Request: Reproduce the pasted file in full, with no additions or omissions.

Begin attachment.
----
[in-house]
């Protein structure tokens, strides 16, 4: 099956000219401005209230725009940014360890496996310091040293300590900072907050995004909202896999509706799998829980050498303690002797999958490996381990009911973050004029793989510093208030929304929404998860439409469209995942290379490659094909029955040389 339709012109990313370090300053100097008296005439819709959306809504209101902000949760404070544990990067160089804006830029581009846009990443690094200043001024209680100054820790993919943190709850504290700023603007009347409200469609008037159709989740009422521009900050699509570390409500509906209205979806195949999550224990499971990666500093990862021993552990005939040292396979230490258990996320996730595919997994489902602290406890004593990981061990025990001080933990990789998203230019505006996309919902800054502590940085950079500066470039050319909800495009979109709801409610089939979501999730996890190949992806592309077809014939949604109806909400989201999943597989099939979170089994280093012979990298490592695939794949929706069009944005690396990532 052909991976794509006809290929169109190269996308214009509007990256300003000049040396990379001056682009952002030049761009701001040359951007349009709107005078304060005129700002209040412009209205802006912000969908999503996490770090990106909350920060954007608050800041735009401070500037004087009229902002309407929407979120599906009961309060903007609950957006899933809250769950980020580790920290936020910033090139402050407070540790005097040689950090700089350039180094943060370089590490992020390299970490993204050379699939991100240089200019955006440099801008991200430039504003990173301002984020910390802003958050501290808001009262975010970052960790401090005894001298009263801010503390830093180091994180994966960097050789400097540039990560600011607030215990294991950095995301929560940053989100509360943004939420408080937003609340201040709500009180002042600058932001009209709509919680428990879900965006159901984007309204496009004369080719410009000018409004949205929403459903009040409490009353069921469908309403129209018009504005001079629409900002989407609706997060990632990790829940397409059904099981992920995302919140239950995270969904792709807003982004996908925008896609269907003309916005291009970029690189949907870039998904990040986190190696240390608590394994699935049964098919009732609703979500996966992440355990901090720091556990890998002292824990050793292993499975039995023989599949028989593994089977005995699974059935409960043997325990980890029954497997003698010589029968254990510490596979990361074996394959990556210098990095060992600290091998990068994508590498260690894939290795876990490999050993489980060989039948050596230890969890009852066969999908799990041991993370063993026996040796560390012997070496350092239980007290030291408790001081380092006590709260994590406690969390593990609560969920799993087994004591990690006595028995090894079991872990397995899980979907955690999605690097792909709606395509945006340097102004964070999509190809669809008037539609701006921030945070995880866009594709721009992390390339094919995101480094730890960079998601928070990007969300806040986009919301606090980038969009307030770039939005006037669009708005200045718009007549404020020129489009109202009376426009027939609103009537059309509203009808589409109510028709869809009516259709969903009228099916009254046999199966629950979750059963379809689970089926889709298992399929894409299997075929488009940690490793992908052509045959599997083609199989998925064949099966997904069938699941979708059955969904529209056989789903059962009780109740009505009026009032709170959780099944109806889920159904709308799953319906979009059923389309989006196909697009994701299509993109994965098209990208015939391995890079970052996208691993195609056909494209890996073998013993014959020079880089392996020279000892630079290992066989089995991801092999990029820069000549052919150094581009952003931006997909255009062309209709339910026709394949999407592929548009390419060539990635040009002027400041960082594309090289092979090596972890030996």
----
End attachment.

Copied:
[in-house]
């Protein structure tokens, strides 16, 4: 099956000219401005209230725009940014360890496996310091040293300590900072907050995004909202896999509706799998829980050498303690002797999958490996381990009911973050004029793989510093208030929304929404998860439409469209995942290379490659094909029955040389 339709012109990313370090300053100097008296005439819709959306809504209101902000949760404070544990990067160089804006830029581009846009990443690094200043001024209680100054820790993919943190709850504290700023603007009347409200469609008037159709989740009422521009900050699509570390409500509906209205979806195949999550224990499971990666500093990862021993552990005939040292396979230490258990996320996730595919997994489902602290406890004593990981061990025990001080933990990789998203230019505006996309919902800054502590940085950079500066470039050319909800495009979109709801409610089939979501999730996890190949992806592309077809014939949604109806909400989201999943597989099939979170089994280093012979990298490592695939794949929706069009944005690396990532 052909991976794509006809290929169109190269996308214009509007990256300003000049040396990379001056682009952002030049761009701001040359951007349009709107005078304060005129700002209040412009209205802006912000969908999503996490770090990106909350920060954007608050800041735009401070500037004087009229902002309407929407979120599906009961309060903007609950957006899933809250769950980020580790920290936020910033090139402050407070540790005097040689950090700089350039180094943060370089590490992020390299970490993204050379699939991100240089200019955006440099801008991200430039504003990173301002984020910390802003958050501290808001009262975010970052960790401090005894001298009263801010503390830093180091994180994966960097050789400097540039990560600011607030215990294991950095995301929560940053989100509360943004939420408080937003609340201040709500009180002042600058932001009209709509919680428990879900965006159901984007309204496009004369080719410009000018409004949205929403459903009040409490009353069921469908309403129209018009504005001079629409900002989407609706997060990632990790829940397409059904099981992920995302919140239950995270969904792709807003982004996908925008896609269907003309916005291009970029690189949907870039998904990040986190190696240390608590394994699935049964098919009732609703979500996966992440355990901090720091556990890998002292824990050793292993499975039995023989599949028989593994089977005995699974059935409960043997325990980890029954497997003698010589029968254990510490596979990361074996394959990556210098990095060992600290091998990068994508590498260690894939290795876990490999050993489980060989039948050596230890969890009852066969999908799990041991993370063993026996040796560390012997070496350092239980007290030291408790001081380092006590709260994590406690969390593990609560969920799993087994004591990690006595028995090894079991872990397995899980979907955690999605690097792909709606395509945006340097102004964070999509190809669809008037539609701006921030945070995880866009594709721009992390390339094919995101480094730890960079998601928070990007969300806040986009919301606090980038969009307030770039939005006037669009708005200045718009007549404020020129489009109202009376426009027939609103009537059309509203009808589409109510028709869809009516259709969903009228099916009254046999199966629950979750059963379809689970089926889709298992399929894409299997075929488009940690490793992908052509045959599997083609199989998925064949099966997904069938699941979708059955969904529209056989789903059962009780109740009505009026009032709170959780099944109806889920159904709308799953319906979009059923389309989006196909697009994701299509993109994965098209990208015939391995890079970052996208691993195609056909494209890996073998013993014959020079880089392996020279000892630079290992066989089995991801092999990029820069000549052919150094581009952003931006997909255009062309209709339910026709394949999407592929548009390419060539990635040009002027400041960082594309090289092979090596972890030996």